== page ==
- A striking South Devon church built in the local style
- A very fine medieval carved pulpit
- A delicious rood screen with some good later panelling
- A very grand Victorian alabaster altar back (reredos)
- A small amount of good stained glass
- Very nice 16th century brass memorials
- All in all, a church very worthwhile visiting
Leaving East Allington church
It had been a dry Autumn, the third one in three years, and when folk congregated in East Allington church on the morning of November 12, 1943, their chatter was as much about crops as about the war, which was starting to look like victory; the Battle of Atlantic almost won, over a hundred thousand terrible deaths on both sides in a cold, merciless sea…
Then their universe exploded.
The Lord Lieutenant of Devon spoke. Everybody, in East Allington, in Torcross, in Slapton, in Strete, in Blackawton, in Sherford, in Stokenham, in Chillington, absolutely every single person, had just five and half a weeks to evacuate the area.
Empty buildings, empty churches, empty land, empty hearts. After thousands upon thousands of years the locals were leaving.
And all did, heart-hurt and hardship notwithstanding, even though these folk were as much part of the land as the trees and streams, the birds and beasts, yet for the greater good, for their countrymen, their allies, the occupied lands, the exterminated, for their friends, their own sons and daughters, mothers and fathers, serving, fighting, dying…
They were not told the reason. I bet they guessed.
The Americans moved in and started training for D-Day, the coast around here being so similar to their target beaches, building camps, guard posts, jetties, roads… until they too left, sailing off to war, to fight, to die, for the world and everything valuable in it, and the local folk returned in August 1944.
Though knowing country cunning, I hazard they knew every single military intention before the Yanks had started their morning coffee.
East Allington Church on the outside
That little bit of history is remembered, and the church is still in people’s hearts.
This is the thing. Congregations in rural parishes might be small for the moment, but the parish church is still the heart of the community in many ways, ancestors buried, folk baptised, sitting and reflecting, a comfort in pain, a joy in marriage, even if they only worship there occasionally.
And a wonderful heart it is.
A beautiful South Hams (as this area is called) church, with the regionally traditional big angular buttresses on a tall tower and that grey slate stone, half buried in the side of the hill; a lovely vantage point for sure.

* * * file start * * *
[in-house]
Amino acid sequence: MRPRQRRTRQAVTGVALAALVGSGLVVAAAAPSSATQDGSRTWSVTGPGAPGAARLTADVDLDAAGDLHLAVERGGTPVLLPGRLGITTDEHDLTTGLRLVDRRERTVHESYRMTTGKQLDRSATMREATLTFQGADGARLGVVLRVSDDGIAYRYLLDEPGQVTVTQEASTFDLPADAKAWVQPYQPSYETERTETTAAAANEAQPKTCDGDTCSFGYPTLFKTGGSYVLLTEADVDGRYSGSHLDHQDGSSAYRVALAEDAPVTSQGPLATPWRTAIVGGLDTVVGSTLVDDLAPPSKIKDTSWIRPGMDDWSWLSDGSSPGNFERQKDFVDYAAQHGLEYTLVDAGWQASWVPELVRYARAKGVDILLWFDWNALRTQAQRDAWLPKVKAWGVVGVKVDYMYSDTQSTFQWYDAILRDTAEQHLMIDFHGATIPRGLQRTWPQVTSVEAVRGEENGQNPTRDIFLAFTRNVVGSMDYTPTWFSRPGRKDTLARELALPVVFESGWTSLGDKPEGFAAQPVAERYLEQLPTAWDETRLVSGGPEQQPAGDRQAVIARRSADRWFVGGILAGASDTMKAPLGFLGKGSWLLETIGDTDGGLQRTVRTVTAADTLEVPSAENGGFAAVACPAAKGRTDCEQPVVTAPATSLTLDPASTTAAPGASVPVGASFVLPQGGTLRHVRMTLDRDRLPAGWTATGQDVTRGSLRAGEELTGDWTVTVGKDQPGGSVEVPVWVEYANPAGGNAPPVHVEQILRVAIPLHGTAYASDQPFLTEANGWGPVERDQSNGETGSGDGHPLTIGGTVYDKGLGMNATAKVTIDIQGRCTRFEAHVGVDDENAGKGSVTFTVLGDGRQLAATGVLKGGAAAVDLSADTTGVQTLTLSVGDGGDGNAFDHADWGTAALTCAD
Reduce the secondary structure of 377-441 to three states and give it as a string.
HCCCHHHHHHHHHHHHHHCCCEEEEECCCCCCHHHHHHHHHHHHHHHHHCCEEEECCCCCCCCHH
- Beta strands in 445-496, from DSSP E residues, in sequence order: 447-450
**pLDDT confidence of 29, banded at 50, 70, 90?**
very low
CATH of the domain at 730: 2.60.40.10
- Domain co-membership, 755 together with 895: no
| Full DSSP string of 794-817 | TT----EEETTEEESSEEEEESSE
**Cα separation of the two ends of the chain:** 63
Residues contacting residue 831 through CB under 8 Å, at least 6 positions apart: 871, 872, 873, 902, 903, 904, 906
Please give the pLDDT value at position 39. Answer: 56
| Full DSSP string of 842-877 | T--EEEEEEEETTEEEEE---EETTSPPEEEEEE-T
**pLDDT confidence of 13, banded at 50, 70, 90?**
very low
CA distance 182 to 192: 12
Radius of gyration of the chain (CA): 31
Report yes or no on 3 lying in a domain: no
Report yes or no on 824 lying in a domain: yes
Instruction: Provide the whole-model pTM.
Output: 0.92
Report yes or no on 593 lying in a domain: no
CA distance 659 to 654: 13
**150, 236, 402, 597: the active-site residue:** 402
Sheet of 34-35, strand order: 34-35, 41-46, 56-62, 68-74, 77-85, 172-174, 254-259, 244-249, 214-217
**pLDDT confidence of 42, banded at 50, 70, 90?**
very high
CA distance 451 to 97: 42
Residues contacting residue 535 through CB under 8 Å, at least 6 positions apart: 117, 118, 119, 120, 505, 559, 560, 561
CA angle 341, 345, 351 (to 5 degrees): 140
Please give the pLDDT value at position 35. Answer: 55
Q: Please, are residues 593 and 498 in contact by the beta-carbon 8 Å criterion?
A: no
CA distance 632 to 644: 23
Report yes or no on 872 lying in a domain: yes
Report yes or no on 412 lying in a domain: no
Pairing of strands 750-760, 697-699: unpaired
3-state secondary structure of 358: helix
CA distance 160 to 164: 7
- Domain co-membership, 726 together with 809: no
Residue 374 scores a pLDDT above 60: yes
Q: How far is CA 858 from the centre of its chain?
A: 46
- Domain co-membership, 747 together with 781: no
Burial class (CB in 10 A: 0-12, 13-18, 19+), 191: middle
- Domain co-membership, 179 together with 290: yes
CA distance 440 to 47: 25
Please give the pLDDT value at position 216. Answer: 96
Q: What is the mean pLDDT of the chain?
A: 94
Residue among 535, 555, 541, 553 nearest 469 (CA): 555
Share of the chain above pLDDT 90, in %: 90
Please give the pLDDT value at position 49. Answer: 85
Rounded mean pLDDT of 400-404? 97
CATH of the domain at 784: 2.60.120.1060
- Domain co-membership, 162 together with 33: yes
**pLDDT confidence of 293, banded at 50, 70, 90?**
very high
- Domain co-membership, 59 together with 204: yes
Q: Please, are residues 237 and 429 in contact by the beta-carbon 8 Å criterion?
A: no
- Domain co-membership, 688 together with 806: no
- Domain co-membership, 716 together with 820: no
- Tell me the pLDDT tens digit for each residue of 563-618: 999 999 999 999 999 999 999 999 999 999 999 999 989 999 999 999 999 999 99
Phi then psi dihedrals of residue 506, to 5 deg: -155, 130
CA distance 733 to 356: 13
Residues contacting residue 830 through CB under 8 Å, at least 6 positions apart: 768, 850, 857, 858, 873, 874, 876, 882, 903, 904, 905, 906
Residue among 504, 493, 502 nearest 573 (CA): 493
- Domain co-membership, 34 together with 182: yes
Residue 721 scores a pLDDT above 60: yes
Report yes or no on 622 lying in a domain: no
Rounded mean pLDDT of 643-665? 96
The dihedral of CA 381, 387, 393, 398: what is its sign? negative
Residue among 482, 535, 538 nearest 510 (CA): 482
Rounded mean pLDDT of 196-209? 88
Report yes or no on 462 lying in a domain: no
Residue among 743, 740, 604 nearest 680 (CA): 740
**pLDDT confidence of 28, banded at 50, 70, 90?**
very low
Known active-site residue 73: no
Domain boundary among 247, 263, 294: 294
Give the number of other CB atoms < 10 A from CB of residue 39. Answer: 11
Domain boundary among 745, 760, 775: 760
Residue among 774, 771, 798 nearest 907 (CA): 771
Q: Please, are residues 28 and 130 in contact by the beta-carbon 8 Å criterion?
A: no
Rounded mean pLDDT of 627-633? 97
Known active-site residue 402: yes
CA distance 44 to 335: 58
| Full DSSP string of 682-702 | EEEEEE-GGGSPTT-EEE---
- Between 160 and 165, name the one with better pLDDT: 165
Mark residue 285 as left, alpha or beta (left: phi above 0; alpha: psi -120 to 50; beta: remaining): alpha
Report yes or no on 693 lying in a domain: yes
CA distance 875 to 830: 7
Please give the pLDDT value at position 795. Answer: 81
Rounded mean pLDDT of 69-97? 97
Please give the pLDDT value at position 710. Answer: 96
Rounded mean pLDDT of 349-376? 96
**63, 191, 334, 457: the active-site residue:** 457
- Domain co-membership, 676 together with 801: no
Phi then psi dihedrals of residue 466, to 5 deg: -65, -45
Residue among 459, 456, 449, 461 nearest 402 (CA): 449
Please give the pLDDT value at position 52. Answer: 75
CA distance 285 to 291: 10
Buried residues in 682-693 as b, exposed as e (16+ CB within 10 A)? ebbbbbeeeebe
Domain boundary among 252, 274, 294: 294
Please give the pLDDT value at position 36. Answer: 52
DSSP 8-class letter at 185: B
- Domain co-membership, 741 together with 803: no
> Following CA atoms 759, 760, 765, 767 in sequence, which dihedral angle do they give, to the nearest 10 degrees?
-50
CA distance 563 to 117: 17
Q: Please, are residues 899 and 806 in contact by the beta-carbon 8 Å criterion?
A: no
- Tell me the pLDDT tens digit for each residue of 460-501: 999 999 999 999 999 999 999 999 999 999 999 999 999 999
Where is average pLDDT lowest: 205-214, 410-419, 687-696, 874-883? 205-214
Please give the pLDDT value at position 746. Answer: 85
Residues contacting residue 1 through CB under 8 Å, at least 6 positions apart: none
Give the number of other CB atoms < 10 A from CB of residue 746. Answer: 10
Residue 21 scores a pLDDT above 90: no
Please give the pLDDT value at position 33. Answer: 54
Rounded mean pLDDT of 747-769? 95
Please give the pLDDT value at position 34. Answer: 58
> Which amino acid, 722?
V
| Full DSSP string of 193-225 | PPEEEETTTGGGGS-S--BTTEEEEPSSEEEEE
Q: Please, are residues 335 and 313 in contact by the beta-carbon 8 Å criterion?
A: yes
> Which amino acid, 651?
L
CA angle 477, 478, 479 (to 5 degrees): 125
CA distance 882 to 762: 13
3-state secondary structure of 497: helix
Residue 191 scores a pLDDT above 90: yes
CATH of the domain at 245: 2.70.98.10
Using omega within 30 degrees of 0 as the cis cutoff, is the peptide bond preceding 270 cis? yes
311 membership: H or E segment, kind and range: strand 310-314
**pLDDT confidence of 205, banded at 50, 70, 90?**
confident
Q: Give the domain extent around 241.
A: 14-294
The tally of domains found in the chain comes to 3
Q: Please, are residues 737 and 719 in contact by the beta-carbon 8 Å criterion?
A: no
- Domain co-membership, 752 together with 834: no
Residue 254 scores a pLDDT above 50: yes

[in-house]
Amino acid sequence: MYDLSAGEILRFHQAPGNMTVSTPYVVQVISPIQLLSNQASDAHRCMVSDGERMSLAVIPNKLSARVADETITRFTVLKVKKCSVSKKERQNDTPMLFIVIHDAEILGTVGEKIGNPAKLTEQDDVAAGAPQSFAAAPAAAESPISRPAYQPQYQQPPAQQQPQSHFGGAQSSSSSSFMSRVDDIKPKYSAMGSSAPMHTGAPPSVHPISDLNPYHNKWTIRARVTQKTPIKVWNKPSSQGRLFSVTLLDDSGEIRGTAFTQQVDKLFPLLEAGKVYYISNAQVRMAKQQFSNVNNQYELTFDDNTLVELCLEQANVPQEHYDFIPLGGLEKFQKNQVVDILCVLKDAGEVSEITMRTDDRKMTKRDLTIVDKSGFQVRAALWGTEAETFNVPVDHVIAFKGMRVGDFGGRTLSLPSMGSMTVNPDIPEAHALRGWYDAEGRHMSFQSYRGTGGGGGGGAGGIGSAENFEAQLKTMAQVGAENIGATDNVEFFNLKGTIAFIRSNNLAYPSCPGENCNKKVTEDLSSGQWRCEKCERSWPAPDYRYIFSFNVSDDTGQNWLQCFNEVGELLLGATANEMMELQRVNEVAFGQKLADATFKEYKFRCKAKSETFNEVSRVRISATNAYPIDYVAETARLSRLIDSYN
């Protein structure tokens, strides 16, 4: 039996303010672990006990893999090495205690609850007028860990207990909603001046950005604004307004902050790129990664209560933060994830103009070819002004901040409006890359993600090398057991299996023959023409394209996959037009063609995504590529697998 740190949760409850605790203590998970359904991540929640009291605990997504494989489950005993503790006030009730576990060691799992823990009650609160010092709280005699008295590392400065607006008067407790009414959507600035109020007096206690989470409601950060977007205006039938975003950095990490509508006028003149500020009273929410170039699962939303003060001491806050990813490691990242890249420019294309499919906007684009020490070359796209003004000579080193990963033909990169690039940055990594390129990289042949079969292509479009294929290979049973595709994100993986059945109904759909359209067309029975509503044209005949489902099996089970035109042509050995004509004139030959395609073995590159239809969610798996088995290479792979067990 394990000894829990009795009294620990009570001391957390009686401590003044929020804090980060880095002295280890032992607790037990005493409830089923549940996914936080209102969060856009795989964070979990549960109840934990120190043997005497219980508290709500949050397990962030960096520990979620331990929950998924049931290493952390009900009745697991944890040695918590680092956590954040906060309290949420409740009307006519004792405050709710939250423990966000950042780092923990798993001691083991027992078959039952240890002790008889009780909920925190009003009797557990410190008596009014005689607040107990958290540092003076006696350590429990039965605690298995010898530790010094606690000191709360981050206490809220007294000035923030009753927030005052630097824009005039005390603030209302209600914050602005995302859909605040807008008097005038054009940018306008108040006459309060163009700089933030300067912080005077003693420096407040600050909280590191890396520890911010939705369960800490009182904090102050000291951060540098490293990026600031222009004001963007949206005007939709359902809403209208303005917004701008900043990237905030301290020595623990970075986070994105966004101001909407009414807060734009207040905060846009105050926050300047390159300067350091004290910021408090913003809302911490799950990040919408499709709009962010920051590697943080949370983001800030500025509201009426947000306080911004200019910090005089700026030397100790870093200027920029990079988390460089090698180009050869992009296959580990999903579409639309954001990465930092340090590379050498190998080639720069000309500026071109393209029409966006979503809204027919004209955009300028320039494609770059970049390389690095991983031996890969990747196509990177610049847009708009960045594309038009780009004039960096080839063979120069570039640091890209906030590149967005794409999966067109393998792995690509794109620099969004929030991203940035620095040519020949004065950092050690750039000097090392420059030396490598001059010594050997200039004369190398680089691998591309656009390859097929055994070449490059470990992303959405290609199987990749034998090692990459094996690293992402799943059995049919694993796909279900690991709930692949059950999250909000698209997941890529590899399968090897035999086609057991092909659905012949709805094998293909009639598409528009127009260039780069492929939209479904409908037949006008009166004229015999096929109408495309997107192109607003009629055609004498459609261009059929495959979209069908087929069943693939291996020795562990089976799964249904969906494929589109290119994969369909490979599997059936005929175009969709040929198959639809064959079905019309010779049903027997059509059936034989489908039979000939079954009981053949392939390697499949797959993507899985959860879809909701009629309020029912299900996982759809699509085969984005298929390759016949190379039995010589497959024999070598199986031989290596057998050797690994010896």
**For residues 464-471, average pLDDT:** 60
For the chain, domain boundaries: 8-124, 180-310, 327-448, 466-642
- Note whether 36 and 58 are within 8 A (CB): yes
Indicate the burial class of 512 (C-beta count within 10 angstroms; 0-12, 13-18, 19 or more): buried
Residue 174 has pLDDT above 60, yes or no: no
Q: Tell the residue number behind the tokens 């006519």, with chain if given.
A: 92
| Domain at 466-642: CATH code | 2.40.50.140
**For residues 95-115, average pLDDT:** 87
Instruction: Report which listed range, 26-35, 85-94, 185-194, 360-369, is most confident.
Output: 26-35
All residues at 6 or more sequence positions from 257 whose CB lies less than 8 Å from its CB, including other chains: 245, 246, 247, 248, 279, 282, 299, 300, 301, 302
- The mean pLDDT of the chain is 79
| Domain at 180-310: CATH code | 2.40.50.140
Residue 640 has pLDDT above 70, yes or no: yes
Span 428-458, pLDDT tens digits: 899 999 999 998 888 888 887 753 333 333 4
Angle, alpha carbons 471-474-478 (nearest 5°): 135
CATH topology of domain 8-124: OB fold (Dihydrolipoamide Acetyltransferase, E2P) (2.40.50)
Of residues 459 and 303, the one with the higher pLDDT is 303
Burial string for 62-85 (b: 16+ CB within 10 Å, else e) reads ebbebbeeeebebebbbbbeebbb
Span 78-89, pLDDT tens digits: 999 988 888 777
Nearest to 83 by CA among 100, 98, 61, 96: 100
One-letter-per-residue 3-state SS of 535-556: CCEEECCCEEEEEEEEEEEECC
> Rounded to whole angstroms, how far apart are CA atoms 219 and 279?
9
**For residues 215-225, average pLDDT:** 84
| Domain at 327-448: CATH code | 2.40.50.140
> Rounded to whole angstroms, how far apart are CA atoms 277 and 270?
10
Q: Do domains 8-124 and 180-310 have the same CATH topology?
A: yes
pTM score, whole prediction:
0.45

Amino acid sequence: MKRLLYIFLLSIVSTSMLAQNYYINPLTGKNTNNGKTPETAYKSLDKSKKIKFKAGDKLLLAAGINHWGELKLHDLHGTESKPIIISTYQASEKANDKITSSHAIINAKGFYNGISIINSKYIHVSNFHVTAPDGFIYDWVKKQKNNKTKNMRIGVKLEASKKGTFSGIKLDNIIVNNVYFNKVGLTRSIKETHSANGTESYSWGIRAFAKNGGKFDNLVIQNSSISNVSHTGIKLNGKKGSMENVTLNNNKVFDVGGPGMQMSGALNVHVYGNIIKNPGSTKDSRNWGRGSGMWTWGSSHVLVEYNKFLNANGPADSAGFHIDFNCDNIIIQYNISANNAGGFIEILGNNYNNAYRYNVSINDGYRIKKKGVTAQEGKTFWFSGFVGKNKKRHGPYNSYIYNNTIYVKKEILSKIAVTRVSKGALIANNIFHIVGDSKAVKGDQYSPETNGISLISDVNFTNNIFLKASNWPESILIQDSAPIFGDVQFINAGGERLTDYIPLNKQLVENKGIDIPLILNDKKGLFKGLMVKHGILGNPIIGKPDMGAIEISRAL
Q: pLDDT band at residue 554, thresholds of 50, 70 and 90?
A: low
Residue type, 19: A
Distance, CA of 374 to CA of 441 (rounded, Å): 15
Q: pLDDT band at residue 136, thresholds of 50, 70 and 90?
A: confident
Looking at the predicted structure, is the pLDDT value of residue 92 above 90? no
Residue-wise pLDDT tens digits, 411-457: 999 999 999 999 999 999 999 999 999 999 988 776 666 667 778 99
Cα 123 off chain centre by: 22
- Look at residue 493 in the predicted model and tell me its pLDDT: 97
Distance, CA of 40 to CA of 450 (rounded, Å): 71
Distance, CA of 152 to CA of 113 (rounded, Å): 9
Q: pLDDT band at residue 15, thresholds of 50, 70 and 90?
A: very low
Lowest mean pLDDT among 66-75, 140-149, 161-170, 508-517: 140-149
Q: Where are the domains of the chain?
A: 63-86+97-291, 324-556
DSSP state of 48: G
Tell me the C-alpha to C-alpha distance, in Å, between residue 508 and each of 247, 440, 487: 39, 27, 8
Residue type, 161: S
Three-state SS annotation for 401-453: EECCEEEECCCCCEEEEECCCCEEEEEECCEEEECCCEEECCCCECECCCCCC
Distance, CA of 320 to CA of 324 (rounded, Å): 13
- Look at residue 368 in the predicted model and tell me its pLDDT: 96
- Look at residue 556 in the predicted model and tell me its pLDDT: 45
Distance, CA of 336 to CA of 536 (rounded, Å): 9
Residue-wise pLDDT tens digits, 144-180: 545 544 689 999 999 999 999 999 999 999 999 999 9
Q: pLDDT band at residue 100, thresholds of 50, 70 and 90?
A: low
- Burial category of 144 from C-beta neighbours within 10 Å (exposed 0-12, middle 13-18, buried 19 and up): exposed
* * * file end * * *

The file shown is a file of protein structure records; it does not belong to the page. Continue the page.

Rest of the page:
They have a wonderful way of arch building down in this neck of the woods, and up here in the belfry opening we can see it. The thin-stoned arch with slate louvres, and the relieving arch above, splayed out like a spatchcocked chicken but, hey, it does the job and looks ace.
Entering East Allington church
The church was in existence by the 1200s when records of the rectors begin, before that it was served by a priest from the local Minster.
The north aisle was built in the 1300s, those octagonal pillars (on the left) are a dead giveaway, the south aisle in the early 1500s; look at the different pillar design. But if we check the arches, we can see that the north aisle arches were updated in the early 1500s too.
A London builder bought the local manor in the nineteenth century and paid for the church restoration, a good example of the money that poured into Devon churches from folk moving here in those days.
The enchanted pulpit
Up the nave is the wooden pulpit, a wowzer if there ever was, even allowing for its newer brownness. It has been created in two stages; the main carving comes from the 1500s, from just before the Reformation; there should be religious statuettes in those niches.
But suddenly the Reformation shudders to grim life and religious imagery suddenly becomes a big no, so those niches were empty until James 1 turned up. Then the locals plopped a Scottish unicorn and thistle, an English rose and lion and a French fleur de lys, amongst others, in the niches, likely high fived each other and proudly, and very wisely, declared themselves to be loyal subjects.
It pays to be nice to the men with the guns.
It is a grand thing too, with those coloured shields down below giving an idea of how it might have been painted.
The Hedgerow folk
But here is the thing. It is inhabited. Little creatures just above the gothic image canopies, waiting, waiting for their riders…
… whose ethereal faery faces peer out of the foliage above. Are not they just delicious?
The carvers knew that the end of magic was coming, that strict men with strict words and strict beliefs and strict clothing were taking over, and they created this home for the little folk, a hideaway, a shelter…
I ain’t sayin’ nothin’, because I’ve heard naught, an’ I’ve see naught. But if you was to say there was more things after dark in the shaws than men, or fur, or feather, or fin, I dunno as I’d go far about to call you a liar.’
Dymchurch Flit. Rudyard Kipling
And here they are, peeking into this world to see if it is time to ride out again, and with their steeds below them waiting…
Me, I think the time has come, magic rolling out once more all over the country, and the little folk riding forth.
But then I have always believed in fairies, there is that…
And I have not heard a better explanation for the carvings on this pulpit, there is that too…
The East Allington rood screen
Of course if we are going to truly welcome the hedgerow folk back out to this beauteous world, we need to give them a place where they too can bow down to the Divine, a palace fit for magic, carved with enchanted leafage…
Just like… Oh! Just like this place, really. Is not life a wonder? As well as this rood screen of course. Just covered in the praise of God’s creation…